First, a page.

Older patients hospitalized for acute care or a critical illness are more likely to experience cognitive decline when compared to older adults who are not hospitalized, according to a study in JAMA. Some studies have suggested that many survivors of critical illness experience long-term cognitive impairment, but these studies did not measure cognitive function before a critical illness, according to background information in the article.
William J. Ehlenbach, M.D., M.Sc., of the University of Washington, Seattle, and colleagues analyzed data from a study that was conducting cognitive testing on older adults, and examined administrative data from hospitalizations to determine whether hospitalizations for acute illness or critical illness were associated with cognitive decline and dementia. Cognition was measured with the Cognitive Abilities Screening Instrument (CASI) every 2 years at follow-up visits, and those with scores below a certain point underwent a clinical examination for dementia.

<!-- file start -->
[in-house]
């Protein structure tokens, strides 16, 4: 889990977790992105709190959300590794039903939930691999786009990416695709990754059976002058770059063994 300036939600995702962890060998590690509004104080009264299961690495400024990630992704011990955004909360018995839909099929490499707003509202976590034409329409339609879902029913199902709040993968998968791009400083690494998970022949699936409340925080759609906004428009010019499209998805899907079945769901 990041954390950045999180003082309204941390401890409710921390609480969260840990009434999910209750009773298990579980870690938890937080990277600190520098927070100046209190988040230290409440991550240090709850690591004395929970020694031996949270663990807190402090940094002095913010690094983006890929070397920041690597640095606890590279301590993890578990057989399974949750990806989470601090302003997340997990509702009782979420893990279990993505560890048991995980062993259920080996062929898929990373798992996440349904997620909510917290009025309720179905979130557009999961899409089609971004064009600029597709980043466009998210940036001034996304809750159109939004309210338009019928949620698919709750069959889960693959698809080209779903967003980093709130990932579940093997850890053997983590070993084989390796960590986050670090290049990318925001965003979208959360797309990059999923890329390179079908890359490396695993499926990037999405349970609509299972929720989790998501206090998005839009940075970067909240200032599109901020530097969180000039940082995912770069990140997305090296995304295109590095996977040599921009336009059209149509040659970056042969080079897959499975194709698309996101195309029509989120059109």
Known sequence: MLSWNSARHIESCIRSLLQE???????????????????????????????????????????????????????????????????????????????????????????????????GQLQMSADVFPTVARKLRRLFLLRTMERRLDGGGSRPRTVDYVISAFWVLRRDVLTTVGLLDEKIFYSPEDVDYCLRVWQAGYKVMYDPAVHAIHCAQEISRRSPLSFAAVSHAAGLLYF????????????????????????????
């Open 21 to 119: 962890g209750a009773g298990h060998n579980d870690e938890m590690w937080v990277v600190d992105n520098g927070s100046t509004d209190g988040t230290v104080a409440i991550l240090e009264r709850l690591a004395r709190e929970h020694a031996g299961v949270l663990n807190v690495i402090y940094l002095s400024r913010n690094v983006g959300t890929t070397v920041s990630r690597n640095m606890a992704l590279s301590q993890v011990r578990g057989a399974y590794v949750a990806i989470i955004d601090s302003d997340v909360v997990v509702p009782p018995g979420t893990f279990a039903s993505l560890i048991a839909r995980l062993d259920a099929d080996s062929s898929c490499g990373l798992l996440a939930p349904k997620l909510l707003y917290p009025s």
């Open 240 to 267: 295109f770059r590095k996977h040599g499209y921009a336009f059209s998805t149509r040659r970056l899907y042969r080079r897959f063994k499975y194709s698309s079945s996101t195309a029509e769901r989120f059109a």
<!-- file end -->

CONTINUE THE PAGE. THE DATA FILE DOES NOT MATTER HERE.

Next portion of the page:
The researchers found that patients who had a hospitalization for an acute care or critical illness had lower CASI scores at follow-up compared to those who were not hospitalized. Also, after adjusting for various factors, patients hospitalized for a non-critical illness had a 40 percent higher risk of dementia. Patients hospitalized for a critical illness also had a higher risk of dementia, but the result was not significant.
“Hospitalization may be a marker for cognitive decline or dementia that has not been diagnosed,” the authors write. “These results also could suggest that factors associated with acute illness, and to a greater degree with critical illness, may be causally related to cognitive decline.”